The most time-consuming part of the work will involve foundation and structure, which will take nine months. Exterior skin and interior finishes are expected to be completed in about 13 months, for an over-all 22-month schedule.
(GE Johnson Construction Company photo)
Located more than 6,000 ft. above sea level at the foothills of Rocky Mountains' Pikes Peak, Colorado's $75 million U.S. Olympic Museum will create a gateway to downtown Colorado Springs when it opens in 2019. The three-story building will be the new home of the U.S. Olympic Hall of Fame, and will feature highly interactive exhibit space, a theater, gift shop, café and a simulated broadcast studio.
“The U.S. does not currently have an Olympic museum,” said Pam Shockley-Zalabak, interim CEO of the U.S. Olympic Museum. “We have amazing Olympians and Paralympians with incredible stories to tell. We need to celebrate their accomplishments and what the Olympic values and ideals mean for this country. The museum will serve the nation and will inspire generations of young people for the future.”
Officials hope the structure will serve as a premier cultural destination, attracting a wide variety of visitors.
“We want this to be one of the nation's most iconic museums, and having a world-renowned design and construction team helps make that happen,” said Shockley-Zalabak, who added that bringing the project to fruition was no small feat.
“It took leaders in our community and the state working with the United States Olympic Committee to understand the value of the vision. It took collaboration between the state of Colorado, the USOC and local Colorado Springs leaders to provide the leadership necessary to make the vision a reality and to fund that reality. It has taken donors from all over the country to make this happen.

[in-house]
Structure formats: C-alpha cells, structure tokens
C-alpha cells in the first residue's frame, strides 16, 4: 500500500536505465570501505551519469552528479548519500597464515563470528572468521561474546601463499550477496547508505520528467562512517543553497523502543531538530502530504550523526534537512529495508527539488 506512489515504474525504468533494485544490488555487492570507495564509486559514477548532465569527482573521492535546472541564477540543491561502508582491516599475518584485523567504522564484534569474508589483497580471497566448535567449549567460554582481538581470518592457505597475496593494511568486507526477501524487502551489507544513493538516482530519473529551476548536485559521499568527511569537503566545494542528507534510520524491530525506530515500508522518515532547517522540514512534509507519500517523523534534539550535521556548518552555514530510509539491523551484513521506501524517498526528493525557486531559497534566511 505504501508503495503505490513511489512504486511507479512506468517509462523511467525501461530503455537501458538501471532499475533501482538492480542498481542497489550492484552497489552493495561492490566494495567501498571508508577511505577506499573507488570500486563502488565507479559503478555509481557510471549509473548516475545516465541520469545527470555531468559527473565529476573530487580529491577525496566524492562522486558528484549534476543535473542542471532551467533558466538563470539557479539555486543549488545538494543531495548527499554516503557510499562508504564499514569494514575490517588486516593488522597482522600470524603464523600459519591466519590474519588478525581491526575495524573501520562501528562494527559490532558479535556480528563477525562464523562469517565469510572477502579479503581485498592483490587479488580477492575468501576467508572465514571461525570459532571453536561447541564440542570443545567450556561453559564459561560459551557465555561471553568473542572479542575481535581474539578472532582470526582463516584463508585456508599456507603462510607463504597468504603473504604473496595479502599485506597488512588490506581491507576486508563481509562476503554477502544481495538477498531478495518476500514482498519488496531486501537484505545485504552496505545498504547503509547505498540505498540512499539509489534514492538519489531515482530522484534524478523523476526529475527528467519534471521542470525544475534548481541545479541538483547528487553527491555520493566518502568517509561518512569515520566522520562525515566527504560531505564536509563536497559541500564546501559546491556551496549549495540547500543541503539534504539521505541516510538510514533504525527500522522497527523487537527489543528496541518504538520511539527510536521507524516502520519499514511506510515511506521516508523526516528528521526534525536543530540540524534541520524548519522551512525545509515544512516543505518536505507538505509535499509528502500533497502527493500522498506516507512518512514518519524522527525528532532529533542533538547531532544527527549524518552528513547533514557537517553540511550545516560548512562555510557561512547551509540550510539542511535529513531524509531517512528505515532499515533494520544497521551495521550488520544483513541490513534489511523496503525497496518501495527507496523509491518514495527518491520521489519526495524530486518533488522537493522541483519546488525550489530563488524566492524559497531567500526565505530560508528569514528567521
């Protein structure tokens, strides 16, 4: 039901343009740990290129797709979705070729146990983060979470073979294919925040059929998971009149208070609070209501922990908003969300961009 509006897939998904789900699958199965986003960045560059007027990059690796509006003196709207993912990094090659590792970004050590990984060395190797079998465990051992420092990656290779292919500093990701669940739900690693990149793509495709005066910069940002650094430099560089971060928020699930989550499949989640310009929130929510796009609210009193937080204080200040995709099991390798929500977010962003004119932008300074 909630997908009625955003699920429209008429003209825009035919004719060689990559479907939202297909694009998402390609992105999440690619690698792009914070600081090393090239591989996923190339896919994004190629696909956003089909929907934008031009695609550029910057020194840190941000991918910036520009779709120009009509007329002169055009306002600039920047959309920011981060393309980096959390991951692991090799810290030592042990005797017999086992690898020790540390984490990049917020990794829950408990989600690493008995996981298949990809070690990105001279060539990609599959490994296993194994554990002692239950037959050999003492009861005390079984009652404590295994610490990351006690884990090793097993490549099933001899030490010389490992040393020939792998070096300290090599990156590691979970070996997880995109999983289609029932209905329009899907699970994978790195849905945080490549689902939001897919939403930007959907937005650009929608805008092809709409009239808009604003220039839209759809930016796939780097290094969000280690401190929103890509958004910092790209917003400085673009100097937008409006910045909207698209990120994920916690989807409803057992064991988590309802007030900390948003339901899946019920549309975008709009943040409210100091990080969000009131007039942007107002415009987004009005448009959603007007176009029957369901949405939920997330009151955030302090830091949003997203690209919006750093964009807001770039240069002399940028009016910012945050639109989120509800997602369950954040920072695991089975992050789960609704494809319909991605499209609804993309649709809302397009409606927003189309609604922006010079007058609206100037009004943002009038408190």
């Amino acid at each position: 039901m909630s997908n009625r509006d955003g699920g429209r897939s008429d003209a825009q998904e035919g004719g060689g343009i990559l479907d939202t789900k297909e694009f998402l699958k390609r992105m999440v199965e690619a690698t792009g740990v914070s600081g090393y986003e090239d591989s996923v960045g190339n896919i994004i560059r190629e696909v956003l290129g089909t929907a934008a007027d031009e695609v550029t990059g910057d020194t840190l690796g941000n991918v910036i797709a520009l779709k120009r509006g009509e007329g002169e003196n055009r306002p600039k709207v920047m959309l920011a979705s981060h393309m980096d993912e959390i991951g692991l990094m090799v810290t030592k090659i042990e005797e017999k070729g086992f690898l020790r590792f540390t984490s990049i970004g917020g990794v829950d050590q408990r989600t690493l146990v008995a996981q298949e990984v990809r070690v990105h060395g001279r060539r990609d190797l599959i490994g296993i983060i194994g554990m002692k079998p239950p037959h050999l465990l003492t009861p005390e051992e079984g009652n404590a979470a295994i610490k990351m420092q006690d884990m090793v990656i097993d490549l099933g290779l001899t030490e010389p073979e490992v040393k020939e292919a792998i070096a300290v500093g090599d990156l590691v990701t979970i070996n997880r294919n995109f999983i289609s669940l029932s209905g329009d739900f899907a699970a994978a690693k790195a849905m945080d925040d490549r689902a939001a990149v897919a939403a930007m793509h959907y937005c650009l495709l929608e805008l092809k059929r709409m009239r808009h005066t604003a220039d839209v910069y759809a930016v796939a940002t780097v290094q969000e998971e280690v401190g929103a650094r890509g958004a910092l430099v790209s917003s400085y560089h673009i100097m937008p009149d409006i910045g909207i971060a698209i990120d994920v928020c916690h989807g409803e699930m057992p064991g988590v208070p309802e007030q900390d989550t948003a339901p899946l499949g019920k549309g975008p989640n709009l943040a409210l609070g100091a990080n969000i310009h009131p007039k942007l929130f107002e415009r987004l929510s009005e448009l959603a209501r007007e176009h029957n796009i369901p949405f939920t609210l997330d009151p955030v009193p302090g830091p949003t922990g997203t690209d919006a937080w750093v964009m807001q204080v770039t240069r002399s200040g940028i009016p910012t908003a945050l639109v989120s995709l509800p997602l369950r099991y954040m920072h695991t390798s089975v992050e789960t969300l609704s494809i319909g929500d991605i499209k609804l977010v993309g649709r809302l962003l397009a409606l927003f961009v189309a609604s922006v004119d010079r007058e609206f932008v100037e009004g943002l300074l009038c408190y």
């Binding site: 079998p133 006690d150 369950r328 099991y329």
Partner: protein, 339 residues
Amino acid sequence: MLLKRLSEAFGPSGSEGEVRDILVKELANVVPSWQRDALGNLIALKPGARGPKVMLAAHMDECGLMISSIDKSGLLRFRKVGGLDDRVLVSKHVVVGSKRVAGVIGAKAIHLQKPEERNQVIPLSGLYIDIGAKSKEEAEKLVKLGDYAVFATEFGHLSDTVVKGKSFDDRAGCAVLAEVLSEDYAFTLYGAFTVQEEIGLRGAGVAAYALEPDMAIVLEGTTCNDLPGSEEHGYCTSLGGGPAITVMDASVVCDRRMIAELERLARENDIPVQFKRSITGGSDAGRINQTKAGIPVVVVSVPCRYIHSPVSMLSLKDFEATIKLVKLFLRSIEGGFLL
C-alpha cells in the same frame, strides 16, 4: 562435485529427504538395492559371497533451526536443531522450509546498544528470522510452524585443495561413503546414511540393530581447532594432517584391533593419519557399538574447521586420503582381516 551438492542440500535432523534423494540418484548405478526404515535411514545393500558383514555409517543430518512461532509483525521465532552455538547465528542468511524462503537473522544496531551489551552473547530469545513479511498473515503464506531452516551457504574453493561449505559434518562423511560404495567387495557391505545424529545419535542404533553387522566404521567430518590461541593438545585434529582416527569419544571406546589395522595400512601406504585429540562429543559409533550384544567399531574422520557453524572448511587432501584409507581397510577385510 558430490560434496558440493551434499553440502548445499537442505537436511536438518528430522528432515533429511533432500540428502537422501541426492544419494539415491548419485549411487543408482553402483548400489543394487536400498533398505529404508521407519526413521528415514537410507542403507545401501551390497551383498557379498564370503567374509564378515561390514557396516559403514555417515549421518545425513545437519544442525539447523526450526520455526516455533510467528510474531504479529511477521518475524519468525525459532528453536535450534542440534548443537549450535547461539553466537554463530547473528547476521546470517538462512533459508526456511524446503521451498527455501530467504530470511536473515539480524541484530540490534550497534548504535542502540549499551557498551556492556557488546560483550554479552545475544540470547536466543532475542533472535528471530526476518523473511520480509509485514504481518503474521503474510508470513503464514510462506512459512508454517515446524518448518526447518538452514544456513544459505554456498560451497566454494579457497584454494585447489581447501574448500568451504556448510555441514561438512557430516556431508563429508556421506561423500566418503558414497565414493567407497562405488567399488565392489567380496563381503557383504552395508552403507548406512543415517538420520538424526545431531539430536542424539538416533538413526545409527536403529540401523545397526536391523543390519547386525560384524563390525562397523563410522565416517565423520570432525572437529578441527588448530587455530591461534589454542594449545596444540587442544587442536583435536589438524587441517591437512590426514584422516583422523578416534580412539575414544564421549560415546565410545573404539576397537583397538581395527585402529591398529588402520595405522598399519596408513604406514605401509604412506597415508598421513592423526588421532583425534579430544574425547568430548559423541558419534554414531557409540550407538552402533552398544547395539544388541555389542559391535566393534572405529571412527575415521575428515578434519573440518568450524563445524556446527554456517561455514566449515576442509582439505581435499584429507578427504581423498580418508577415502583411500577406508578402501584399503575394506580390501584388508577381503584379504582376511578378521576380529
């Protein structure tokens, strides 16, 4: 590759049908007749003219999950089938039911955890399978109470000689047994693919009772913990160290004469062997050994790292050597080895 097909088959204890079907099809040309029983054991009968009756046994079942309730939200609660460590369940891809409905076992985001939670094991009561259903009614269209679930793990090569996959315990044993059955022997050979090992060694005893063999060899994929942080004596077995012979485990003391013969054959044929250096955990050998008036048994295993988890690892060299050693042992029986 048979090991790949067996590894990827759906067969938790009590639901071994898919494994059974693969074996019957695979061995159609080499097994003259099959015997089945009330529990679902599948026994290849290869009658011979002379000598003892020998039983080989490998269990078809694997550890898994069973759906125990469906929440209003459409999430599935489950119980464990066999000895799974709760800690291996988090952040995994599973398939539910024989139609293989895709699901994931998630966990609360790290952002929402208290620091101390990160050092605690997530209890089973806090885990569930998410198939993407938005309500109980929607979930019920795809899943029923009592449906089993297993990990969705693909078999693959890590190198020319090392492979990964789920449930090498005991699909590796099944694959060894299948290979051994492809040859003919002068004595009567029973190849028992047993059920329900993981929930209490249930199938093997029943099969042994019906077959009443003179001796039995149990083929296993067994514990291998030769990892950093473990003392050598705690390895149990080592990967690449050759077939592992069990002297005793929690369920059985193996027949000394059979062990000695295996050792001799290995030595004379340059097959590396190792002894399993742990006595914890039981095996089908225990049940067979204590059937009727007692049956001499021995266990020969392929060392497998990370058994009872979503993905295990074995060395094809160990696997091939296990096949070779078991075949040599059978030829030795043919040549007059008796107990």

“This is rewarding beyond measure. It celebrates the very best in ideals, values and people. It brings us together and inspires pride and hope.”
Shockley-Zalabak, the retired University of Colorado at Colorado Springs chancellor, said the time is right to construct the museum.
“The United States Olympic Museum is supported broadly and it will only add to the ability to tell the inspiring stories of so many athletes. We are using a motto of developing 'moments that matter' as a way of describing the experiences individuals will have in the museum. The 'why now' question is best answered because the support is here to make this happen now.”
By all accounts, feedback so far has been extremely encouraging.
“The groundbreaking event on June 9, 2017, was a great success. More than 400 people attended, including Colorado Governor John Hickenlooper, Colorado Springs Mayor John Suthers, key leaders from the U.S. Olympic Committee, Olympic and Paralympic athletes, elected officials from El Paso County, significant project donors, construction and finance partners, numerous print and television media and many local residents who are excited for this project.”
Shockley-Zalabak said the idyllic location is a perfect fit for the new structure.
“The area has spectacular views, it's in the heart of the city and has excellent access to an interstate highway. It will serve as a gateway from America the Beautiful Park into Colorado Springs' downtown corridor.”
Among the museum's many features will be the highly anticipated Hall of Fame.
“It will be an inspiring place to honor the very best of those who have contributed most significantly to the Olympic Movement here in the United States. It will tell the incredible stories of men and women who have achieved greatness representing our country at the Olympic and Paralympic Games.”
For contractors involved in the actual construction, the project is not without its hurdles.